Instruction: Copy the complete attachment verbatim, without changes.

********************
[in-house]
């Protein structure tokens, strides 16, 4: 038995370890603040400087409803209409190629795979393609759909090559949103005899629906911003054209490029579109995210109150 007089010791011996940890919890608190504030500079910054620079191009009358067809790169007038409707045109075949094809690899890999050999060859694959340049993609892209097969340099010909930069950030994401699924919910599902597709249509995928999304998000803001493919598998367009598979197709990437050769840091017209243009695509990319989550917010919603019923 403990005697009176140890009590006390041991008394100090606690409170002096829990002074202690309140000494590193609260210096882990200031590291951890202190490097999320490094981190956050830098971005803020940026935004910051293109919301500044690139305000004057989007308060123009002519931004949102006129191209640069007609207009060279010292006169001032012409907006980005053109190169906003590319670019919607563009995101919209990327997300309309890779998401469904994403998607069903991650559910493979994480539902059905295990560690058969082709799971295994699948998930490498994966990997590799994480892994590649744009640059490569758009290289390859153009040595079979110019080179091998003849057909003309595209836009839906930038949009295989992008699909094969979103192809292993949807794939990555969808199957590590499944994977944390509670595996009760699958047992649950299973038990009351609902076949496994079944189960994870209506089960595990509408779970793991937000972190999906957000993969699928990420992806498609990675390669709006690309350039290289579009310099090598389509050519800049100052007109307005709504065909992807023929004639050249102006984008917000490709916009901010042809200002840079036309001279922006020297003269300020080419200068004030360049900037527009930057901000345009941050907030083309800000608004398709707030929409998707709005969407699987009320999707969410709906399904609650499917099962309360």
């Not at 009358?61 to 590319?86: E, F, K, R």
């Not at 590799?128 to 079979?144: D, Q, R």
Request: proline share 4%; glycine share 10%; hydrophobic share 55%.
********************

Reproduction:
[in-house]
């Protein structure tokens, strides 16, 4: 038995370890603040400087409803209409190629795979393609759909090559949103005899629906911003054209490029579109995210109150 007089010791011996940890919890608190504030500079910054620079191009009358067809790169007038409707045109075949094809690899890999050999060859694959340049993609892209097969340099010909930069950030994401699924919910599902597709249509995928999304998000803001493919598998367009598979197709990437050769840091017209243009695509990319989550917010919603019923 403990005697009176140890009590006390041991008394100090606690409170002096829990002074202690309140000494590193609260210096882990200031590291951890202190490097999320490094981190956050830098971005803020940026935004910051293109919301500044690139305000004057989007308060123009002519931004949102006129191209640069007609207009060279010292006169001032012409907006980005053109190169906003590319670019919607563009995101919209990327997300309309890779998401469904994403998607069903991650559910493979994480539902059905295990560690058969082709799971295994699948998930490498994966990997590799994480892994590649744009640059490569758009290289390859153009040595079979110019080179091998003849057909003309595209836009839906930038949009295989992008699909094969979103192809292993949807794939990555969808199957590590499944994977944390509670595996009760699958047992649950299973038990009351609902076949496994079944189960994870209506089960595990509408779970793991937000972190999906957000993969699928990420992806498609990675390669709006690309350039290289579009310099090598389509050519800049100052007109307005709504065909992807023929004639050249102006984008917000490709916009901010042809200002840079036309001279922006020297003269300020080419200068004030360049900037527009930057901000345009941050907030083309800000608004398709707030929409998707709005969407699987009320999707969410709906399904609650499917099962309360």
């Not at 009358?61 to 590319?86: E, F, K, R």
């Not at 590799?128 to 079979?144: D, Q, R």
Request: proline share 4%; glycine share 10%; hydrophobic share 55%.